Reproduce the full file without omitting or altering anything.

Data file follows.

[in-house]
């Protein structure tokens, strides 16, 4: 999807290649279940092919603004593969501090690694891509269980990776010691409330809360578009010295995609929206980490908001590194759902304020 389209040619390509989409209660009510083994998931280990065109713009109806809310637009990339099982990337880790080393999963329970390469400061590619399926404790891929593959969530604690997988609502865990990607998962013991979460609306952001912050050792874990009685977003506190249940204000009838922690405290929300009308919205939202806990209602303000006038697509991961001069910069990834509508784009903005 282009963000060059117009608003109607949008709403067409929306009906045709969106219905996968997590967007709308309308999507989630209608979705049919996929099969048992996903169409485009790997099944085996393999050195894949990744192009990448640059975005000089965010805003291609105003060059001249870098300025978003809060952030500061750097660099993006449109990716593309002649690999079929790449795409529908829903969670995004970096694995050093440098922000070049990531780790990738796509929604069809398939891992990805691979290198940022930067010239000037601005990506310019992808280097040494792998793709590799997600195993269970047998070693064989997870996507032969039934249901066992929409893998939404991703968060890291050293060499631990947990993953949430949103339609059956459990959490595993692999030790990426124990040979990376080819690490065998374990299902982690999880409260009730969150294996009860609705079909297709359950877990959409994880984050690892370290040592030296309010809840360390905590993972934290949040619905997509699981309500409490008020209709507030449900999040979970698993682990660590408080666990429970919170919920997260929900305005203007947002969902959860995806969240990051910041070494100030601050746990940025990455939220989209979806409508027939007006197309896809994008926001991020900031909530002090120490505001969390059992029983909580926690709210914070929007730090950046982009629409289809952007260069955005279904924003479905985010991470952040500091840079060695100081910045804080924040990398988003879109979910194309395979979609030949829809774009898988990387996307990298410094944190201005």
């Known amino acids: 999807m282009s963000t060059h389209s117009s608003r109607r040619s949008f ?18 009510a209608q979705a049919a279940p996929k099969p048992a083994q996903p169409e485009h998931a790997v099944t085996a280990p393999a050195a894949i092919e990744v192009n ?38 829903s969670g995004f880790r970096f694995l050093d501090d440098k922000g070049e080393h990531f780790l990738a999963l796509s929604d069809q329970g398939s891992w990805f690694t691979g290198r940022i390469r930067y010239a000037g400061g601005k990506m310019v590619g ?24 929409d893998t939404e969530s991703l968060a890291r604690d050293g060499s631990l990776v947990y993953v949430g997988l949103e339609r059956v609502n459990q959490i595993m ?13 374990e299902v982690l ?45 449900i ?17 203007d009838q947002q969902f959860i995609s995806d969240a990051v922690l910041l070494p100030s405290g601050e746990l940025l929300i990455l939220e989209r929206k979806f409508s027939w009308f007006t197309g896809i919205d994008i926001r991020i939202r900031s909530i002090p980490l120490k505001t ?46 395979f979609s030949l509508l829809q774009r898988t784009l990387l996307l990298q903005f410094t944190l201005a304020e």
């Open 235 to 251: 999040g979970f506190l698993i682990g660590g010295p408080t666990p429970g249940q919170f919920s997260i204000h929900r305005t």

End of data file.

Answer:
[in-house]
């Protein structure tokens, strides 16, 4: 999807290649279940092919603004593969501090690694891509269980990776010691409330809360578009010295995609929206980490908001590194759902304020 389209040619390509989409209660009510083994998931280990065109713009109806809310637009990339099982990337880790080393999963329970390469400061590619399926404790891929593959969530604690997988609502865990990607998962013991979460609306952001912050050792874990009685977003506190249940204000009838922690405290929300009308919205939202806990209602303000006038697509991961001069910069990834509508784009903005 282009963000060059117009608003109607949008709403067409929306009906045709969106219905996968997590967007709308309308999507989630209608979705049919996929099969048992996903169409485009790997099944085996393999050195894949990744192009990448640059975005000089965010805003291609105003060059001249870098300025978003809060952030500061750097660099993006449109990716593309002649690999079929790449795409529908829903969670995004970096694995050093440098922000070049990531780790990738796509929604069809398939891992990805691979290198940022930067010239000037601005990506310019992808280097040494792998793709590799997600195993269970047998070693064989997870996507032969039934249901066992929409893998939404991703968060890291050293060499631990947990993953949430949103339609059956459990959490595993692999030790990426124990040979990376080819690490065998374990299902982690999880409260009730969150294996009860609705079909297709359950877990959409994880984050690892370290040592030296309010809840360390905590993972934290949040619905997509699981309500409490008020209709507030449900999040979970698993682990660590408080666990429970919170919920997260929900305005203007947002969902959860995806969240990051910041070494100030601050746990940025990455939220989209979806409508027939007006197309896809994008926001991020900031909530002090120490505001969390059992029983909580926690709210914070929007730090950046982009629409289809952007260069955005279904924003479905985010991470952040500091840079060695100081910045804080924040990398988003879109979910194309395979979609030949829809774009898988990387996307990298410094944190201005």
């Known amino acids: 999807m282009s963000t060059h389209s117009s608003r109607r040619s949008f ?18 009510a209608q979705a049919a279940p996929k099969p048992a083994q996903p169409e485009h998931a790997v099944t085996a280990p393999a050195a894949i092919e990744v192009n ?38 829903s969670g995004f880790r970096f694995l050093d501090d440098k922000g070049e080393h990531f780790l990738a999963l796509s929604d069809q329970g398939s891992w990805f690694t691979g290198r940022i390469r930067y010239a000037g400061g601005k990506m310019v590619g ?24 929409d893998t939404e969530s991703l968060a890291r604690d050293g060499s631990l990776v947990y993953v949430g997988l949103e339609r059956v609502n459990q959490i595993m ?13 374990e299902v982690l ?45 449900i ?17 203007d009838q947002q969902f959860i995609s995806d969240a990051v922690l910041l070494p100030s405290g601050e746990l940025l929300i990455l939220e989209r929206k979806f409508s027939w009308f007006t197309g896809i919205d994008i926001r991020i939202r900031s909530i002090p980490l120490k505001t ?46 395979f979609s030949l509508l829809q774009r898988t784009l990387l996307l990298q903005f410094t944190l201005a304020e």
């Open 235 to 251: 999040g979970f506190l698993i682990g660590g010295p408080t666990p429970g249940q919170f919920s997260i204000h929900r305005t």